Flu drug designed to kill the virus in a day approved in Japan
A new drug that its makers say will kill the flu virus in just a day, called Xofluza, just received a fast-tracked approval that could bring it to store shelves in Japan by May.
The drug, which has generic name baloxavir marboxil, promises to be more advanced than Tamiflu, or oseltamivir — the existing drug used to treat flu.
Both drugs work to shorten the duration of flu symptoms by a couple of days. Taking Xofluza won’t end symptoms any sooner. Xofluza, however, promises to deactivate the flu virus in the human body as quickly as 24 hours after it's taken.
While existing treatment plans suggest taking antiflu drugs repeatedly over the course of five days, Xofluza is one pill, taken only once.
Though the patient’s experience of the flu will be the same, this means that after that one dose and one day, patients would no longer be infectious. That could be a game-changer in terms of spreading the flu to others.
The Japanese firm that makes Xofluza, Shionogi, received the fast-tracked approval from Japan’s health ministry to make and sell it there. The drug may not be available to buy in Japan until May, though, because no price has been set by the country’s national insurer.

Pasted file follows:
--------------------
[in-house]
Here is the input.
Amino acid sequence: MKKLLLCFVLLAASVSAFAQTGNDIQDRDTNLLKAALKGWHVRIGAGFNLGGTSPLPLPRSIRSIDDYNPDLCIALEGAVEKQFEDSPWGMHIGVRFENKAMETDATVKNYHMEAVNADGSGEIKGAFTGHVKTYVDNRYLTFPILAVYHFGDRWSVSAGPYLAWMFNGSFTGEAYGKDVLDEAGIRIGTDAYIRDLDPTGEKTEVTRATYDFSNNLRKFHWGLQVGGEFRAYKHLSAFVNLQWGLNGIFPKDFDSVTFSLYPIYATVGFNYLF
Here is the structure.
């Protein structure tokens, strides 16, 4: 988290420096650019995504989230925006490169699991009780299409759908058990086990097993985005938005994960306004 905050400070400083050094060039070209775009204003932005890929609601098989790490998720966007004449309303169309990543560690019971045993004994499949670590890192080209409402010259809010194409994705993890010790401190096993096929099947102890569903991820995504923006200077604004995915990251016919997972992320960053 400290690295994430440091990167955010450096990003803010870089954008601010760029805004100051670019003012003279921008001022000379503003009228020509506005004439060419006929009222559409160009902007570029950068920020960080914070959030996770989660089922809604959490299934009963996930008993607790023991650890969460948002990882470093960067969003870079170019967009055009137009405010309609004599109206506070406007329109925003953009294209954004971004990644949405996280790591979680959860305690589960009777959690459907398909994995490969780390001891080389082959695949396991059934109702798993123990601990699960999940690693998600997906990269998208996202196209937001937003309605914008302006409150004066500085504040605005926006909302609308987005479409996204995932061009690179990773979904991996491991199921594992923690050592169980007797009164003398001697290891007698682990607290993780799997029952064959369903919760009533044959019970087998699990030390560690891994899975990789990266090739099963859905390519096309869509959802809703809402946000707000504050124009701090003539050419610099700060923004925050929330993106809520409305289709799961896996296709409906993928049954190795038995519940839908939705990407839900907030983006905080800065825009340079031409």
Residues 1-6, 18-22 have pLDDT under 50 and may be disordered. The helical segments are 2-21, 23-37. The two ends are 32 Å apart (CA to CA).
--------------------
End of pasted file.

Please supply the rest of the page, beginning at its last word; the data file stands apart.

Roche, the drug manufacturer that makes Tamiflu, is already working with Shionogi and another drugmaker on trials in the U.S.
"We believe Shionogi’s innovative influenza compound, combined with Roche and Genentech’s experience and expertise in influenza, will ideally position us to address the unmet need of influenza patients," the company told ABC News, referring to their positive trial results and the goal of killing the flu virus within a day.
Roche added that the new drug offers "the potential to reduce transmission from one person to the other."
Though some late-stage drug trials are in progress, the drug has yet to be approved by the FDA for sale in the U.S. The soonest it could be offered would be the 2018 to 2019 flu season, if approval comes this year.
For a country rocked by the intense flu season that may not conclude until April, it offers hope that there might soon be a new weapon against the common, killer disease.